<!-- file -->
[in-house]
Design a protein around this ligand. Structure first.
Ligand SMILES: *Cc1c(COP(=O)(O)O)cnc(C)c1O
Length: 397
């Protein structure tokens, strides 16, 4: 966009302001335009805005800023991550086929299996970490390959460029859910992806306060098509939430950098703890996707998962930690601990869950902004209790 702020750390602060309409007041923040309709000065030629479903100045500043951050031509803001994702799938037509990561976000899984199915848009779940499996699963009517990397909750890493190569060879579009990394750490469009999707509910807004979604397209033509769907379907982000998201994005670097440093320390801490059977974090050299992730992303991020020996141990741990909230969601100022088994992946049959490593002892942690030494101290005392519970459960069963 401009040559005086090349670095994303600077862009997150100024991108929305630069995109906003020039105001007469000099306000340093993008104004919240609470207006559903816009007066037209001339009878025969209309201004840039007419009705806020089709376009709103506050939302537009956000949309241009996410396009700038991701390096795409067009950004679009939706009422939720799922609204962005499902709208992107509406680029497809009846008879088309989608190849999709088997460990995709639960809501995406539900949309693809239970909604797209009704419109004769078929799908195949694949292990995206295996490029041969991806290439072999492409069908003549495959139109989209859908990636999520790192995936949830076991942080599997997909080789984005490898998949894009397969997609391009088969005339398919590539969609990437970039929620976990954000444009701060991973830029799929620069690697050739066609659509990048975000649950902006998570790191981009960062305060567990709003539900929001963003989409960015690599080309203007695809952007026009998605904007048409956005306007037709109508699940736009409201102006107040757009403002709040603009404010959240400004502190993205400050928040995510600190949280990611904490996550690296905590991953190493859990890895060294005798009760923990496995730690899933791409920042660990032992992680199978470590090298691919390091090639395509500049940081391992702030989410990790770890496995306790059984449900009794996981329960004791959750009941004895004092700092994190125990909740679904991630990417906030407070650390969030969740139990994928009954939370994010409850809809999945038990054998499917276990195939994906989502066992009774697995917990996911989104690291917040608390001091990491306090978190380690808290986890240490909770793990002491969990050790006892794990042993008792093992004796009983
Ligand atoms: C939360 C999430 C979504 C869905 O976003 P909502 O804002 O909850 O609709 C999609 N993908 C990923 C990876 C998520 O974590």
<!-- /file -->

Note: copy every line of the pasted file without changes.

[in-house]
Design a protein around this ligand. Structure first.
Ligand SMILES: *Cc1c(COP(=O)(O)O)cnc(C)c1O
Length: 397
């Protein structure tokens, strides 16, 4: 966009302001335009805005800023991550086929299996970490390959460029859910992806306060098509939430950098703890996707998962930690601990869950902004209790 702020750390602060309409007041923040309709000065030629479903100045500043951050031509803001994702799938037509990561976000899984199915848009779940499996699963009517990397909750890493190569060879579009990394750490469009999707509910807004979604397209033509769907379907982000998201994005670097440093320390801490059977974090050299992730992303991020020996141990741990909230969601100022088994992946049959490593002892942690030494101290005392519970459960069963 401009040559005086090349670095994303600077862009997150100024991108929305630069995109906003020039105001007469000099306000340093993008104004919240609470207006559903816009007066037209001339009878025969209309201004840039007419009705806020089709376009709103506050939302537009956000949309241009996410396009700038991701390096795409067009950004679009939706009422939720799922609204962005499902709208992107509406680029497809009846008879088309989608190849999709088997460990995709639960809501995406539900949309693809239970909604797209009704419109004769078929799908195949694949292990995206295996490029041969991806290439072999492409069908003549495959139109989209859908990636999520790192995936949830076991942080599997997909080789984005490898998949894009397969997609391009088969005339398919590539969609990437970039929620976990954000444009701060991973830029799929620069690697050739066609659509990048975000649950902006998570790191981009960062305060567990709003539900929001963003989409960015690599080309203007695809952007026009998605904007048409956005306007037709109508699940736009409201102006107040757009403002709040603009404010959240400004502190993205400050928040995510600190949280990611904490996550690296905590991953190493859990890895060294005798009760923990496995730690899933791409920042660990032992992680199978470590090298691919390091090639395509500049940081391992702030989410990790770890496995306790059984449900009794996981329960004791959750009941004895004092700092994190125990909740679904991630990417906030407070650390969030969740139990994928009954939370994010409850809809999945038990054998499917276990195939994906989502066992009774697995917990996911989104690291917040608390001091990491306090978190380690808290986890240490909770793990002491969990050790006892794990042993008792093992004796009983
Ligand atoms: C939360 C999430 C979504 C869905 O976003 P909502 O804002 O909850 O609709 C999609 N993908 C990923 C990876 C998520 O974590």